September 01, 2017
A greater majority of people agree with Penn State University's decision to remove a controversial statue of former Nittany Lions football coach Joe Paterno than statues of former Confederate Gen. Robert E. Lee, according to a new poll from The New York Times.
The publication surveyed nearly 33,000 readers on "which statues need to come down," a poll spurred by the recent events in Charlottesville, Virginia. Heather Heyer, 32, died after a car barreled into a group of activists counter-protesting a "Unite the Right" rally in the city that was initially organized in opposition to the removal of a statue of Lee.
The New York Times, which released the results Tuesday under "The Upshot," its section dedicated to data-driven reporting, chose 16 figures, including Christopher Columbus and former Presidents Theodore Roosevelt, George Washington and Andrew Jackson.
"Here are some of the men and monuments that have come up for debate," The Times wrote. "In some cases it's entire careers being reconsidered, while in others it's the specific statue, or its location, that has drawn criticism. It's not easy to draw the line between what should remain and what should come down, but help us out."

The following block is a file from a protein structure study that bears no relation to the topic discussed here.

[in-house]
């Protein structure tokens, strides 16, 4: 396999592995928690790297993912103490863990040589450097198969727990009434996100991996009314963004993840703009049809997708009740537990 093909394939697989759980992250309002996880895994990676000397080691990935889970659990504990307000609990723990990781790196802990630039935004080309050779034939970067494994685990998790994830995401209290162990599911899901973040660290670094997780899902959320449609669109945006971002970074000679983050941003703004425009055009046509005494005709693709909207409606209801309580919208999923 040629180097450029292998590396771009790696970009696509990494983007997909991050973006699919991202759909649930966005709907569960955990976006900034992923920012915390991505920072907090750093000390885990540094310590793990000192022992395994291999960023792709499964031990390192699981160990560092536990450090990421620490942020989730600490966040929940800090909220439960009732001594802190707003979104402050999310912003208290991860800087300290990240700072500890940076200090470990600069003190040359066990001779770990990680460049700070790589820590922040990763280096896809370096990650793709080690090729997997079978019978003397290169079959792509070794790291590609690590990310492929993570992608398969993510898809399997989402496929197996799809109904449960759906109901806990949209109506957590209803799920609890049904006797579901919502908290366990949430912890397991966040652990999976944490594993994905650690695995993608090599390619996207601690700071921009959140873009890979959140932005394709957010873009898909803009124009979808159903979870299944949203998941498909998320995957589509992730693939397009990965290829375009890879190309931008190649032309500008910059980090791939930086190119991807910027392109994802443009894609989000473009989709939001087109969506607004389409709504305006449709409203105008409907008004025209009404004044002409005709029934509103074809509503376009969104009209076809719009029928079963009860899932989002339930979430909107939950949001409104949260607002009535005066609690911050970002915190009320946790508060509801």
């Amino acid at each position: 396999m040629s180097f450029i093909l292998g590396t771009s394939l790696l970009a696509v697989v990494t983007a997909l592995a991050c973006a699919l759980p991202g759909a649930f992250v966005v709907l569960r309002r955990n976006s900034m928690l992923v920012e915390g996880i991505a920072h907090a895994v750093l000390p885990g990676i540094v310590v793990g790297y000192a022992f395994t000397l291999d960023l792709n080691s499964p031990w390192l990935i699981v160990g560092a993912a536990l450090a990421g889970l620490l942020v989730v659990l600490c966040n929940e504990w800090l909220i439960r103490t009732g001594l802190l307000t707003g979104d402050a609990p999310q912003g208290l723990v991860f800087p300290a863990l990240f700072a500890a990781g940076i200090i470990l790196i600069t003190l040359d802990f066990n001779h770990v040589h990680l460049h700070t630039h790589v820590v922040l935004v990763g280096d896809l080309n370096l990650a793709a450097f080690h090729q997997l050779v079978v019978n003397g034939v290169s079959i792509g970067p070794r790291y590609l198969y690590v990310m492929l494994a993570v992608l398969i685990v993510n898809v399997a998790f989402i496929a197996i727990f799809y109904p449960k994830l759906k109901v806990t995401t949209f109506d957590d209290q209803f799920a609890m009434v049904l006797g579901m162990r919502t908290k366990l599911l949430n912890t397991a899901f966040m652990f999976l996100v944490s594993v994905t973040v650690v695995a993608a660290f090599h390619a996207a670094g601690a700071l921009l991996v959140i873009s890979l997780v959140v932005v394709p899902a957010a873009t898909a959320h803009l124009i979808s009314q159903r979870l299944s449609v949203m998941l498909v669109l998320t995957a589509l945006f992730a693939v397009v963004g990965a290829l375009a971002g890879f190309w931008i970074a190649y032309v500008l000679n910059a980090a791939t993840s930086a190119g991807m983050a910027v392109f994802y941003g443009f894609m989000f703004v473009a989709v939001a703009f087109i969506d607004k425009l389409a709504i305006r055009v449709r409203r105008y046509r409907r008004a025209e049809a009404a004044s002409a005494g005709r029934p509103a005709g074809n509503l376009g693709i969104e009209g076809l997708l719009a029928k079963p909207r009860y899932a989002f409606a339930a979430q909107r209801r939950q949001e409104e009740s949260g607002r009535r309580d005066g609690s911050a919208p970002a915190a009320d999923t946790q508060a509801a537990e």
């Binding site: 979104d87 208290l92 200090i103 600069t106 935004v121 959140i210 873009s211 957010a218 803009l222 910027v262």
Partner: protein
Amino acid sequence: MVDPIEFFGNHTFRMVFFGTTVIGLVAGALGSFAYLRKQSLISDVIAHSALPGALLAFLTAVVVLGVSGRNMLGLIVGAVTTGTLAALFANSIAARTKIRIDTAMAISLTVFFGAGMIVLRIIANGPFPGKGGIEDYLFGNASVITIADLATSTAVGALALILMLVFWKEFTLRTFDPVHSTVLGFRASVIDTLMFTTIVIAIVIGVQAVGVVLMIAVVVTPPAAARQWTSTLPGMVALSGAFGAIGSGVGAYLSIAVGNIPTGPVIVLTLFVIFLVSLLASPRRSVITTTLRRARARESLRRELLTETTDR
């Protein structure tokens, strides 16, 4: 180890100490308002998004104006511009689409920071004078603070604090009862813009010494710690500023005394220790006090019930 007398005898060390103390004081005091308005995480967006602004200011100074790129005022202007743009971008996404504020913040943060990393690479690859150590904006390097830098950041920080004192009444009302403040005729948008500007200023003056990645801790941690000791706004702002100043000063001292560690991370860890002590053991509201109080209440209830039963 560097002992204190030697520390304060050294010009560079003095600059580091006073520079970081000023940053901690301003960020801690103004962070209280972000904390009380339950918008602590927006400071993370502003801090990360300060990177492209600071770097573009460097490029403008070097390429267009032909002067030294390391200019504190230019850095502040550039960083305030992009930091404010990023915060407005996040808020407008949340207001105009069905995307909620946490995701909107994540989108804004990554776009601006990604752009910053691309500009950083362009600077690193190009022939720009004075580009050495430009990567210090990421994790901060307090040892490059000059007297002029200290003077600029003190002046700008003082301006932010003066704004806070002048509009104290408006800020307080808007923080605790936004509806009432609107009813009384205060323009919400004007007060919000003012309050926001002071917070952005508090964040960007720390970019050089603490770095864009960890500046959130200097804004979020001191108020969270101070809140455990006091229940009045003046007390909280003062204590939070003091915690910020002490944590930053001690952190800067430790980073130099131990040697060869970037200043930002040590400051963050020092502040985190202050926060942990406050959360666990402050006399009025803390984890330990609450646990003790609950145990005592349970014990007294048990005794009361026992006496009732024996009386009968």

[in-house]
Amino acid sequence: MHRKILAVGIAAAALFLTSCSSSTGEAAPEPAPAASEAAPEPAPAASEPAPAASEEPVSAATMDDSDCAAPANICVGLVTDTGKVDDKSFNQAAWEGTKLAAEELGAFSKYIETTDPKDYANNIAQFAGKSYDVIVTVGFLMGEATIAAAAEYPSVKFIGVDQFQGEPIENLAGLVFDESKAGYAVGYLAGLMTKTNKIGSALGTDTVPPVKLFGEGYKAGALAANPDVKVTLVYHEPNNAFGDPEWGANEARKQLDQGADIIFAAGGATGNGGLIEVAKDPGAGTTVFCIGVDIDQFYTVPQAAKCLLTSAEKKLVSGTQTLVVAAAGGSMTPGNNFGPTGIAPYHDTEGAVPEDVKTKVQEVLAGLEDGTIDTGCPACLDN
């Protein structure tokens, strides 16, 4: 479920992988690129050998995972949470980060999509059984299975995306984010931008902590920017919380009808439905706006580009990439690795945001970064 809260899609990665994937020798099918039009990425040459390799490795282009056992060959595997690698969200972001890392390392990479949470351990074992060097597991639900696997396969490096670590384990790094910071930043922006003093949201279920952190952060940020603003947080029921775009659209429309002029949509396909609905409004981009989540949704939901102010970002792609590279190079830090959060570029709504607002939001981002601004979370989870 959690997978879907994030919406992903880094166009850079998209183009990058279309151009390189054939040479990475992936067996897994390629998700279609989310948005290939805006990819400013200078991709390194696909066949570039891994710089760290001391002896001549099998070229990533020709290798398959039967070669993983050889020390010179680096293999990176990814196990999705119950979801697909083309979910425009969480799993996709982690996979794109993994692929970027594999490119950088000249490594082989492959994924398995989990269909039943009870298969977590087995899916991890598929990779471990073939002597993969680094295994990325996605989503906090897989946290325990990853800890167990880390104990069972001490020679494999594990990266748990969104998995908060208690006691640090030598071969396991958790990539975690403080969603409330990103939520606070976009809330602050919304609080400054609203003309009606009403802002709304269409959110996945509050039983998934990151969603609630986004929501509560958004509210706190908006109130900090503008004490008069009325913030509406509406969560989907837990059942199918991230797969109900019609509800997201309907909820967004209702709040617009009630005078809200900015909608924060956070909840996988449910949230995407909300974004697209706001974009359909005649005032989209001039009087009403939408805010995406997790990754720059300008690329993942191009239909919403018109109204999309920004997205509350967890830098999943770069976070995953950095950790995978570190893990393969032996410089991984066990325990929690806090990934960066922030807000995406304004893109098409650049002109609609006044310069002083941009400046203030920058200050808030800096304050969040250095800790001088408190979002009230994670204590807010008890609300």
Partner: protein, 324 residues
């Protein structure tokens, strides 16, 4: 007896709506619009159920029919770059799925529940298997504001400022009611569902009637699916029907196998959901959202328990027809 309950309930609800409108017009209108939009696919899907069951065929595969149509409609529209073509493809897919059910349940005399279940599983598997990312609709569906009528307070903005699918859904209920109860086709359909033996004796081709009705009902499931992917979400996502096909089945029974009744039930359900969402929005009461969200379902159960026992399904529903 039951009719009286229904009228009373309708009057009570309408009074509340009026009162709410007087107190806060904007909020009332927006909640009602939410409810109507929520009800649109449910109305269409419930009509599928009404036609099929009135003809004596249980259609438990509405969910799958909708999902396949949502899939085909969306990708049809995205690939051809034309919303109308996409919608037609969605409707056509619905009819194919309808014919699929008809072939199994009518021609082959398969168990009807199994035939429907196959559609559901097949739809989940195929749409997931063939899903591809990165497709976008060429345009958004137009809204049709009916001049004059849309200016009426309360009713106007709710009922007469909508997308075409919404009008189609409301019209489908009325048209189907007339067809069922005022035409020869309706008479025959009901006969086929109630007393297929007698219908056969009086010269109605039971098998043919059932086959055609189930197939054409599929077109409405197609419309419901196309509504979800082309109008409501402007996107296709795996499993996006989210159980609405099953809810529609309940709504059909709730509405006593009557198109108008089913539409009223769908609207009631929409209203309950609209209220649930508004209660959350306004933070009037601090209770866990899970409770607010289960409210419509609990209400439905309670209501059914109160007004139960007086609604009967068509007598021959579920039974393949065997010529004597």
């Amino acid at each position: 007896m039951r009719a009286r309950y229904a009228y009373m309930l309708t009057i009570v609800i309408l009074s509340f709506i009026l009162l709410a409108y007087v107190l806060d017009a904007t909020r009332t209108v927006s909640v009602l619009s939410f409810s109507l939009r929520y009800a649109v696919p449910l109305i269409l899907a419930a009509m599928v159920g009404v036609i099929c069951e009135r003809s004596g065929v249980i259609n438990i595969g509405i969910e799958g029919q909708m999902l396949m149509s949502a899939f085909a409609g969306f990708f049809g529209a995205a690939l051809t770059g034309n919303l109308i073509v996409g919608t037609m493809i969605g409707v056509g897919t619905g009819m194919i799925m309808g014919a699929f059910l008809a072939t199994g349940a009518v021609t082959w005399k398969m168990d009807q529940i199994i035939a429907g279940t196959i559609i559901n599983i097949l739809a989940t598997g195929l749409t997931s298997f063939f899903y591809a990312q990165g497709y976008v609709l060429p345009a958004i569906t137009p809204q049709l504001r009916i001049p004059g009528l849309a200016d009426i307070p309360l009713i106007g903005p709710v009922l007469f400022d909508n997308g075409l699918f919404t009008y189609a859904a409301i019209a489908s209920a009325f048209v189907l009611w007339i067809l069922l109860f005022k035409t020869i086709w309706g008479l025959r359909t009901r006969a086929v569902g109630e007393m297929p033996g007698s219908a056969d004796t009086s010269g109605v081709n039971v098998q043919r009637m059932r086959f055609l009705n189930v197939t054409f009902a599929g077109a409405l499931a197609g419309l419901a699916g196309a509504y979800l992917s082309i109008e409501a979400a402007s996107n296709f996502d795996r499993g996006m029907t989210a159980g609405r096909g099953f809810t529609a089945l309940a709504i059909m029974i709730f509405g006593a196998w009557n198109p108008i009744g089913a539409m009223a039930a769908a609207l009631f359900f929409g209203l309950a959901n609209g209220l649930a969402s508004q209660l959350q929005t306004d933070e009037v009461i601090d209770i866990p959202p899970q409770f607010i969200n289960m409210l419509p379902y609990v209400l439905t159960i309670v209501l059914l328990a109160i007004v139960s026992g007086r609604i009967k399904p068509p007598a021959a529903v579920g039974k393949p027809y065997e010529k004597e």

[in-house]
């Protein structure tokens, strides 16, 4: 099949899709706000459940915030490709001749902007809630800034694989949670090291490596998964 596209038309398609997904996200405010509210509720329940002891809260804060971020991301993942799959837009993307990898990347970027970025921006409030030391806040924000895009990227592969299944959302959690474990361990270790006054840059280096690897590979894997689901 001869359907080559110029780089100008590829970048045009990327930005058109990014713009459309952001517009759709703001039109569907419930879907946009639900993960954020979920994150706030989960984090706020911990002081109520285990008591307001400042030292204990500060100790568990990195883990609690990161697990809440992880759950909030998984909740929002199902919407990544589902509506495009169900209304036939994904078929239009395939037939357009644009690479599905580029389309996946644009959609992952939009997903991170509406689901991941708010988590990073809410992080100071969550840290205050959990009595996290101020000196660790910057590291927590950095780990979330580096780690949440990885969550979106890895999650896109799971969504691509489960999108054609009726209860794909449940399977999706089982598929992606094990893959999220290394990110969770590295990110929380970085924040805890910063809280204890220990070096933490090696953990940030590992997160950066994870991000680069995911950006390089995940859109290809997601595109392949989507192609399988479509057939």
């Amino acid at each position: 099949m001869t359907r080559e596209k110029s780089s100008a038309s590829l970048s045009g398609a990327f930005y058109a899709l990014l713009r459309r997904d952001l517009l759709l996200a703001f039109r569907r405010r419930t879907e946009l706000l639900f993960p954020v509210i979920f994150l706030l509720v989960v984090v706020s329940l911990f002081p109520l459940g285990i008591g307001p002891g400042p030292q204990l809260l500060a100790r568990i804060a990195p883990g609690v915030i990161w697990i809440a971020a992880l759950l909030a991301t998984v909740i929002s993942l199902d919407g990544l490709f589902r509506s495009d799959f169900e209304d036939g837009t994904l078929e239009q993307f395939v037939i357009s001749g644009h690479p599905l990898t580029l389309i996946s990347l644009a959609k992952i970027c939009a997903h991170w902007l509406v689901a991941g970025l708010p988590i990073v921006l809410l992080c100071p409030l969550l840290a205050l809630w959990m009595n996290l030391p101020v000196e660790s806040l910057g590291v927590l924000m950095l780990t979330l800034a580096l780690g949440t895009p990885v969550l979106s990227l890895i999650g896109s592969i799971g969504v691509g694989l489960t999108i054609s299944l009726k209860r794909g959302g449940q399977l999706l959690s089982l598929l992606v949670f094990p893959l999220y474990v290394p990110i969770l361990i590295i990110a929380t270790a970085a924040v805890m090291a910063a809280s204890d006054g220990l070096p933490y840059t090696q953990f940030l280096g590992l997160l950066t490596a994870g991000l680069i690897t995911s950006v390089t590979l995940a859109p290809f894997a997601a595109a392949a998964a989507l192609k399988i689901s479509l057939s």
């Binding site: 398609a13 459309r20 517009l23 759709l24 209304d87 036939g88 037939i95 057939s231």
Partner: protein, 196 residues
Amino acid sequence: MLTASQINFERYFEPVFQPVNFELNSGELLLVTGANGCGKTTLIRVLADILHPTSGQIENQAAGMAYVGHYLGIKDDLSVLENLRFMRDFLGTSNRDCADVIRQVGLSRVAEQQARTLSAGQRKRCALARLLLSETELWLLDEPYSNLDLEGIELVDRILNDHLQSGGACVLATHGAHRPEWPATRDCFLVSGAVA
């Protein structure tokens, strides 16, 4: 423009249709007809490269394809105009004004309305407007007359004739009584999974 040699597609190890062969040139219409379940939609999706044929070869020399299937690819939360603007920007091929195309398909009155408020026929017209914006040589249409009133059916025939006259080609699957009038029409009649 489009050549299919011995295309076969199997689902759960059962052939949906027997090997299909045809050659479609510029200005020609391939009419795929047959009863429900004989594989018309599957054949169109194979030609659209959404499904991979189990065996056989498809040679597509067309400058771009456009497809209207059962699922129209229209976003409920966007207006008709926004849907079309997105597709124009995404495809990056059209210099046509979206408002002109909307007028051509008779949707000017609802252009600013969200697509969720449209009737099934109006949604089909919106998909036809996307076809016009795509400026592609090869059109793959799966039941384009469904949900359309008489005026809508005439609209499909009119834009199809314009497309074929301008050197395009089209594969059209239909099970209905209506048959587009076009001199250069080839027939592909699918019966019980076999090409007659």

A whopping 80 percent of New York Times readers support the removal of Paterno's statue, which was taken down from the Happy Valley campus after drawing much ire following the Jerry Sandusky child molestation scandal in 2012. Paterno died months after he was fired in 2011. Many have petitioned to bring the statue of the former coach back in recent years, however.
Seventy-three percent of voters supported the removal of statues of Lee, a slaveholder and symbol of white supremacy.
Former Philadelphia Mayor Frank Rizzo was also included on the list, with 55 percent of readers supporting the removal of his statue outside the Municipal Services Building in Center City.
Protesters and Philadelphia politicians alike have called for the removal of Rizzo's tribute as of late, following the events in Charlottesville.
Rizzo, a former Philadelphia police commissioner and two-term mayor, used harsh tactics to cut down on crime, which worsened race relations. The title of his obituary in The New York Times after he died in 1991 called him both a "hero and "villain."
Check out the complete results from "The Upshot" here.